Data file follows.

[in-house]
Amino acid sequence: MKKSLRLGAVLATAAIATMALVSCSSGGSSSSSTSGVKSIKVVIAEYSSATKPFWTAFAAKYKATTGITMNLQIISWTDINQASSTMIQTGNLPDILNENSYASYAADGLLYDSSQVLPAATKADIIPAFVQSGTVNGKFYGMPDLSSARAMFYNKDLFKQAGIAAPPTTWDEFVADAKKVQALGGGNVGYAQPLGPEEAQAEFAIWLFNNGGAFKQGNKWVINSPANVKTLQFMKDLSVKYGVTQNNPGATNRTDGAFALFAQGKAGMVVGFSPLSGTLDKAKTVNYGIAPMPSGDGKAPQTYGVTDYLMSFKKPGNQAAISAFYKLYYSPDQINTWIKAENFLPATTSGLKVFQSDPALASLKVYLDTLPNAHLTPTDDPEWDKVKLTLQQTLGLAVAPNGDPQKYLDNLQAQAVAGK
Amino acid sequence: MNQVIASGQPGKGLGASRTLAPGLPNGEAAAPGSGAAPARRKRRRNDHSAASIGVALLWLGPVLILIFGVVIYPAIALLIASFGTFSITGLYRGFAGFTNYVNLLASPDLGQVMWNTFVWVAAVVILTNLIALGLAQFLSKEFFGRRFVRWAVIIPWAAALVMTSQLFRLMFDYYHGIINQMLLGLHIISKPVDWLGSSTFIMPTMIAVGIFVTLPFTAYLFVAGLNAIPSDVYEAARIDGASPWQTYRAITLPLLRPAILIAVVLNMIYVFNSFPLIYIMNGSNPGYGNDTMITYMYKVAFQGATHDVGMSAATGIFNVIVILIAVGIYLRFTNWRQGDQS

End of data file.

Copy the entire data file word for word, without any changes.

[in-house]
Amino acid sequence: MKKSLRLGAVLATAAIATMALVSCSSGGSSSSSTSGVKSIKVVIAEYSSATKPFWTAFAAKYKATTGITMNLQIISWTDINQASSTMIQTGNLPDILNENSYASYAADGLLYDSSQVLPAATKADIIPAFVQSGTVNGKFYGMPDLSSARAMFYNKDLFKQAGIAAPPTTWDEFVADAKKVQALGGGNVGYAQPLGPEEAQAEFAIWLFNNGGAFKQGNKWVINSPANVKTLQFMKDLSVKYGVTQNNPGATNRTDGAFALFAQGKAGMVVGFSPLSGTLDKAKTVNYGIAPMPSGDGKAPQTYGVTDYLMSFKKPGNQAAISAFYKLYYSPDQINTWIKAENFLPATTSGLKVFQSDPALASLKVYLDTLPNAHLTPTDDPEWDKVKLTLQQTLGLAVAPNGDPQKYLDNLQAQAVAGK
Amino acid sequence: MNQVIASGQPGKGLGASRTLAPGLPNGEAAAPGSGAAPARRKRRRNDHSAASIGVALLWLGPVLILIFGVVIYPAIALLIASFGTFSITGLYRGFAGFTNYVNLLASPDLGQVMWNTFVWVAAVVILTNLIALGLAQFLSKEFFGRRFVRWAVIIPWAAALVMTSQLFRLMFDYYHGIINQMLLGLHIISKPVDWLGSSTFIMPTMIAVGIFVTLPFTAYLFVAGLNAIPSDVYEAARIDGASPWQTYRAITLPLLRPAILIAVVLNMIYVFNSFPLIYIMNGSNPGYGNDTMITYMYKVAFQGATHDVGMSAATGIFNVIVILIAVGIYLRFTNWRQGDQS